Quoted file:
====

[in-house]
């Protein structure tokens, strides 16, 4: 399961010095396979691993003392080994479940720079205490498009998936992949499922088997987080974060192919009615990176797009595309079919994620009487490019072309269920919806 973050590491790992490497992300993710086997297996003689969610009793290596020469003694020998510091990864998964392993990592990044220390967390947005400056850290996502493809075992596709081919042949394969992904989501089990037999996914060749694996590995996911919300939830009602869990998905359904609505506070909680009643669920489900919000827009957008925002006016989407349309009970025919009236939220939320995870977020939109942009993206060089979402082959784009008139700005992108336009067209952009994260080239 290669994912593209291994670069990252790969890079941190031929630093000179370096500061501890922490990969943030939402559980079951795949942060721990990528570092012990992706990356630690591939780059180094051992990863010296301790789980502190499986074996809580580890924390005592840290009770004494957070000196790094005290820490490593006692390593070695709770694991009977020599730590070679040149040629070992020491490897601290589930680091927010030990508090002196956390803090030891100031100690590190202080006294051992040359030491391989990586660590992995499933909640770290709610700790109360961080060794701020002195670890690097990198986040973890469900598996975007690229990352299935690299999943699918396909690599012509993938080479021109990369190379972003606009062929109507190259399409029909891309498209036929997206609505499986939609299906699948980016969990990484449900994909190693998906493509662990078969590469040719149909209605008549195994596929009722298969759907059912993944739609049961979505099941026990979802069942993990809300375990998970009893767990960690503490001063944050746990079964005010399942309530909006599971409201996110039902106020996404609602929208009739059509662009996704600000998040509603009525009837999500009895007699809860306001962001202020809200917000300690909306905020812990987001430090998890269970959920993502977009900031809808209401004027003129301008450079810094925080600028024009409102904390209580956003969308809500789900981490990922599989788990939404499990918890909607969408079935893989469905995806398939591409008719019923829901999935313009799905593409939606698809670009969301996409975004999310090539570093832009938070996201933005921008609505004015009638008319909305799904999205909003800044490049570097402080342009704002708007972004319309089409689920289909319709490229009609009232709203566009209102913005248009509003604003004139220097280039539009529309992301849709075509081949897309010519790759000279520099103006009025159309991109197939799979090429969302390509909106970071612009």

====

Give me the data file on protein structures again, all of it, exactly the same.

[in-house]
């Protein structure tokens, strides 16, 4: 399961010095396979691993003392080994479940720079205490498009998936992949499922088997987080974060192919009615990176797009595309079919994620009487490019072309269920919806 973050590491790992490497992300993710086997297996003689969610009793290596020469003694020998510091990864998964392993990592990044220390967390947005400056850290996502493809075992596709081919042949394969992904989501089990037999996914060749694996590995996911919300939830009602869990998905359904609505506070909680009643669920489900919000827009957008925002006016989407349309009970025919009236939220939320995870977020939109942009993206060089979402082959784009008139700005992108336009067209952009994260080239 290669994912593209291994670069990252790969890079941190031929630093000179370096500061501890922490990969943030939402559980079951795949942060721990990528570092012990992706990356630690591939780059180094051992990863010296301790789980502190499986074996809580580890924390005592840290009770004494957070000196790094005290820490490593006692390593070695709770694991009977020599730590070679040149040629070992020491490897601290589930680091927010030990508090002196956390803090030891100031100690590190202080006294051992040359030491391989990586660590992995499933909640770290709610700790109360961080060794701020002195670890690097990198986040973890469900598996975007690229990352299935690299999943699918396909690599012509993938080479021109990369190379972003606009062929109507190259399409029909891309498209036929997206609505499986939609299906699948980016969990990484449900994909190693998906493509662990078969590469040719149909209605008549195994596929009722298969759907059912993944739609049961979505099941026990979802069942993990809300375990998970009893767990960690503490001063944050746990079964005010399942309530909006599971409201996110039902106020996404609602929208009739059509662009996704600000998040509603009525009837999500009895007699809860306001962001202020809200917000300690909306905020812990987001430090998890269970959920993502977009900031809808209401004027003129301008450079810094925080600028024009409102904390209580956003969308809500789900981490990922599989788990939404499990918890909607969408079935893989469905995806398939591409008719019923829901999935313009799905593409939606698809670009969301996409975004999310090539570093832009938070996201933005921008609505004015009638008319909305799904999205909003800044490049570097402080342009704002708007972004319309089409689920289909319709490229009609009232709203566009209102913005248009509003604003004139220097280039539009529309992301849709075509081949897309010519790759000279520099103006009025159309991109197939799979090429969302390509909106970071612009």